As exciting as the first five days of this year's Brita Climate Ride were, it may have been day six that was the most exciting and new for many Climate Riders (including yours truly, Mr. Happy)
. After five days on a bike, pedaling through four states and the District of Columbia, we shed our spandex for more socially acceptable attire on day six to attempt a different kind of climate advocacy — direct, top-down political action.
As part of Climate Ride, members of 350.org arranged meetings with our respective congressional representatives on day 6 to advocate for three specific and direct actions related to our 300-mile cycle:
- Defend the Clean Air Act from attempts to gut or weaken its regulatory power
- End government subsidies for big oil companies currently enjoying record profits
- Support bike infrastructure as part of the larger effort to fight climate change and transition the U.S. to a more livable post-carbon future.
was much more than a five- or six-day experience. As an awareness- and fund-raising effort, it spanned several months leading up to the actual ride. And with every one of the 120 or so riders required to raise a minimum of $2,400, we collectively reached hundreds, if not thousands, of people with our message about positive and innovative solutions to climate change.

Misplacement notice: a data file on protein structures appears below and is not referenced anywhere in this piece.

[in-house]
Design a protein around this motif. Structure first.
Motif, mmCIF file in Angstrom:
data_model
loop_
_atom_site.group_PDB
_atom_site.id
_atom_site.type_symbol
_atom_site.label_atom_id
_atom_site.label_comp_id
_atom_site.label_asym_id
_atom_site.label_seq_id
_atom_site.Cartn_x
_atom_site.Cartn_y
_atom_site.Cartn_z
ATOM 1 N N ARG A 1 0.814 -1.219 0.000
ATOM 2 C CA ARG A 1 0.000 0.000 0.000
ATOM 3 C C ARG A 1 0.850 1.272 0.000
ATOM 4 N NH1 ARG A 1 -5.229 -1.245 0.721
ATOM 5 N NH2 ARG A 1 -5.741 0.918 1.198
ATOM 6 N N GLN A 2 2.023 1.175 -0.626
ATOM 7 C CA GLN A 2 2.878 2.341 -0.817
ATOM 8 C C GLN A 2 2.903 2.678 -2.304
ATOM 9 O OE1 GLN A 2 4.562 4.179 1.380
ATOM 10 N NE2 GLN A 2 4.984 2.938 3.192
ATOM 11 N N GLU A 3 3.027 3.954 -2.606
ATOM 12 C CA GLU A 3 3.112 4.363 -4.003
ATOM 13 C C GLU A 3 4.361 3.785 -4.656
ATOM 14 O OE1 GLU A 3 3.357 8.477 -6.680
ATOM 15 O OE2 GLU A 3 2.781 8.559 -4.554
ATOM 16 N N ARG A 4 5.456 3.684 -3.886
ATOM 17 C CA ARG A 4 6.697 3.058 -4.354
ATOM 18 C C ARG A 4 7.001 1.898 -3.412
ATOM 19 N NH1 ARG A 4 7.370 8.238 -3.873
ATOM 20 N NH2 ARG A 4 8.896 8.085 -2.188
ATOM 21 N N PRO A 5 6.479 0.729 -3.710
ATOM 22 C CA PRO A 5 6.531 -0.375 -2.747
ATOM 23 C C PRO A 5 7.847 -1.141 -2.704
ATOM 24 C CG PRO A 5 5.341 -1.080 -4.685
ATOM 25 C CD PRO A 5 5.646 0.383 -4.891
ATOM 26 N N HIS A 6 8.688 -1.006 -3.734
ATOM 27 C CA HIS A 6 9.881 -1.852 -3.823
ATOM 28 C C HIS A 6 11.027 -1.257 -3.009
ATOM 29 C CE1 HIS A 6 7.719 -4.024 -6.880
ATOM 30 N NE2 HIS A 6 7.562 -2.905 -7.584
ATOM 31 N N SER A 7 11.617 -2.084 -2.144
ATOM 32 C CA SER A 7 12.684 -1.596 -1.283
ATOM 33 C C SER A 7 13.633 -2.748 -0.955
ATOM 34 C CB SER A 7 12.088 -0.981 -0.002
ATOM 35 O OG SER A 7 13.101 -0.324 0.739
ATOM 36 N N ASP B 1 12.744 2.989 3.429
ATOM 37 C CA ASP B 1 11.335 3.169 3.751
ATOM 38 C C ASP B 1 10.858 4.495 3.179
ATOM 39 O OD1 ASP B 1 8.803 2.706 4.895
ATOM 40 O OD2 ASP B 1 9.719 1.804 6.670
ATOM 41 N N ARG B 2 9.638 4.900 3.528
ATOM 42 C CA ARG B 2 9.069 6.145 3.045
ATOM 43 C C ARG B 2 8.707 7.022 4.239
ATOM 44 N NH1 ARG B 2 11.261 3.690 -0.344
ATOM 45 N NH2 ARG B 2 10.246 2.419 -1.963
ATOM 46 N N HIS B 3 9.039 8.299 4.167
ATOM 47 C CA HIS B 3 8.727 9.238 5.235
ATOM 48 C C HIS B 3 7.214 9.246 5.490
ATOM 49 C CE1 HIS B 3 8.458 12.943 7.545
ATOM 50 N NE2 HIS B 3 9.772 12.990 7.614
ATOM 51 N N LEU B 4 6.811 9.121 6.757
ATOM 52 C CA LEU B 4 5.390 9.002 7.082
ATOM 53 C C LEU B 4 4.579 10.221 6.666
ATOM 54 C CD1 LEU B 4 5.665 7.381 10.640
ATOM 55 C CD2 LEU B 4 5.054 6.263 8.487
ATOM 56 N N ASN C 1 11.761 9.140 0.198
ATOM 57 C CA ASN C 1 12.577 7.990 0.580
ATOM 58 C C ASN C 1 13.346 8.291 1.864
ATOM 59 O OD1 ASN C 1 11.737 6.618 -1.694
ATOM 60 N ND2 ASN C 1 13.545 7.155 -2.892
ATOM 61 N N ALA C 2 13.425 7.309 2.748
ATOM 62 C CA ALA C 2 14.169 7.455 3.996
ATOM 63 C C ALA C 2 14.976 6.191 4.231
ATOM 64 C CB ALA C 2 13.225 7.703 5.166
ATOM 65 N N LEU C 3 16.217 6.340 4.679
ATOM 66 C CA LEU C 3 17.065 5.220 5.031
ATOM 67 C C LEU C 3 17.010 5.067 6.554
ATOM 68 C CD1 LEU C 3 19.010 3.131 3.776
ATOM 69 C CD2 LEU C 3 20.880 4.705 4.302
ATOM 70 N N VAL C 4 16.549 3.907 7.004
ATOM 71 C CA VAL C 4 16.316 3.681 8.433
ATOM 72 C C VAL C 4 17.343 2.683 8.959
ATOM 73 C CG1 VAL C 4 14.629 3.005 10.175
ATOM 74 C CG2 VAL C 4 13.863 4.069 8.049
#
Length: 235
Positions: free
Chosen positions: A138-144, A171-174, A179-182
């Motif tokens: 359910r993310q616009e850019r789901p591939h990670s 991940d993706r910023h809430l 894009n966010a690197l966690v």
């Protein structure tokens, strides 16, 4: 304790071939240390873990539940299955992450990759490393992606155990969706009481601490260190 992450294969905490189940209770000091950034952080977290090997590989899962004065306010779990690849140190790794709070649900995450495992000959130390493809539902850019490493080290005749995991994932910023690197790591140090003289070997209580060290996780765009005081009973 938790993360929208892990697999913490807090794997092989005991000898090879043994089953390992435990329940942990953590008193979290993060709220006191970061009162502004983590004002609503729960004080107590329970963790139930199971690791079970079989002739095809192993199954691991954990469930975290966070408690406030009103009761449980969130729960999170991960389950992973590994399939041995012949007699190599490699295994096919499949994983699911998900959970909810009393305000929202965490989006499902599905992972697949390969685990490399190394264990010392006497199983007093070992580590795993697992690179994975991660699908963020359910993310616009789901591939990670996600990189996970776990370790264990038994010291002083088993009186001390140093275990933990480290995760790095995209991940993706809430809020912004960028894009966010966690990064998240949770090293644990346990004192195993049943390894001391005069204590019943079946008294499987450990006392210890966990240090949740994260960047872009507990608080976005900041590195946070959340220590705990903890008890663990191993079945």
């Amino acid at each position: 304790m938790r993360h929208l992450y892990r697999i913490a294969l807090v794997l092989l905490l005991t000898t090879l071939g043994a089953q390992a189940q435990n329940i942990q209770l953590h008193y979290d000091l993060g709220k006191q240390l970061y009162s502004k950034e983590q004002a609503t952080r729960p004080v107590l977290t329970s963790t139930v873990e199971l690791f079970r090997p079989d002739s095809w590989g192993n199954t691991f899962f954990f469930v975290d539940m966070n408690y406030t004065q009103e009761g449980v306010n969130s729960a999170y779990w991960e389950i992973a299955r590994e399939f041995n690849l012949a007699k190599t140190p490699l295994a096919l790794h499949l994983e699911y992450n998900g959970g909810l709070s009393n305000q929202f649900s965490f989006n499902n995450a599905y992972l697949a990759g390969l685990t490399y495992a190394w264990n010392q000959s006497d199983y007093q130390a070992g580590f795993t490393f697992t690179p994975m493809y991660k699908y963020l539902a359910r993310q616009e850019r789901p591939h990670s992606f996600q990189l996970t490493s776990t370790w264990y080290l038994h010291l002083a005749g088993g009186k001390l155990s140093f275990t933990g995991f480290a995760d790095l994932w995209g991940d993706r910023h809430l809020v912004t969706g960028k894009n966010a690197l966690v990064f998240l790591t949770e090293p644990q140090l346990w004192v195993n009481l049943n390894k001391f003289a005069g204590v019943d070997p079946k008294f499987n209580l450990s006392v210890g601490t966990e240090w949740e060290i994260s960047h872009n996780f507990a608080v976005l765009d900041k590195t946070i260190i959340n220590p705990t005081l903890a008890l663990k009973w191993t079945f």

This is what made day six — our direct political action day — that much more powerful and meaningful. Each one of us represented not one, but hundreds of people concerned about climate change and the health of our communities.
As a resident of purple state Pennsylvania, I got to meet with an ideologically diverse bunch on Congressmen: a staunch Republican (and climate change skeptic) in Senator Patrick Toomey, a somewhat conservative Democrat in Senator Bob Casey and a moderately liberal Democrat in House Representative Mike Doyle. Thanks to what I learned from the Climate Ride Expert Speaker Series
and some brief training provided by 350.org riders, I was confident in delivering a powerful and coherent message, even to a conservative not expected to support these initiatives.
That's not to say that bike infrastructure has not become a politicized issue (what isn't these days?
). But I found all representatives (or the legislative aides I actually met with) to be far more amenable to this issue in particular. Climate change still remains too intangible and politically-charged for some people, despite near unanimous and increasingly dire concern from the international scientific community.
But while it's harder for some to acknowledge or perceive the personal effects of climate change, nearly everyone has had a personal connection with a bicycle.
As gas prices continue to rise, our aging energy infrastructure becomes increasingly untenable and extreme weather events become more frequent close to home, things will undoubtedly change in one way or another. Increased and improved bicycle infrastructure represents one of the most systemic and politically feasible ways of bringing about change gracefully — from the top down and the grassroots up.
Just as ecosystems function from both directions, social change agents much embrace both approaches as well. Climate Ride is one of the most tangible and exciting ways of doing this that I know of.
Photo: Chris Tittle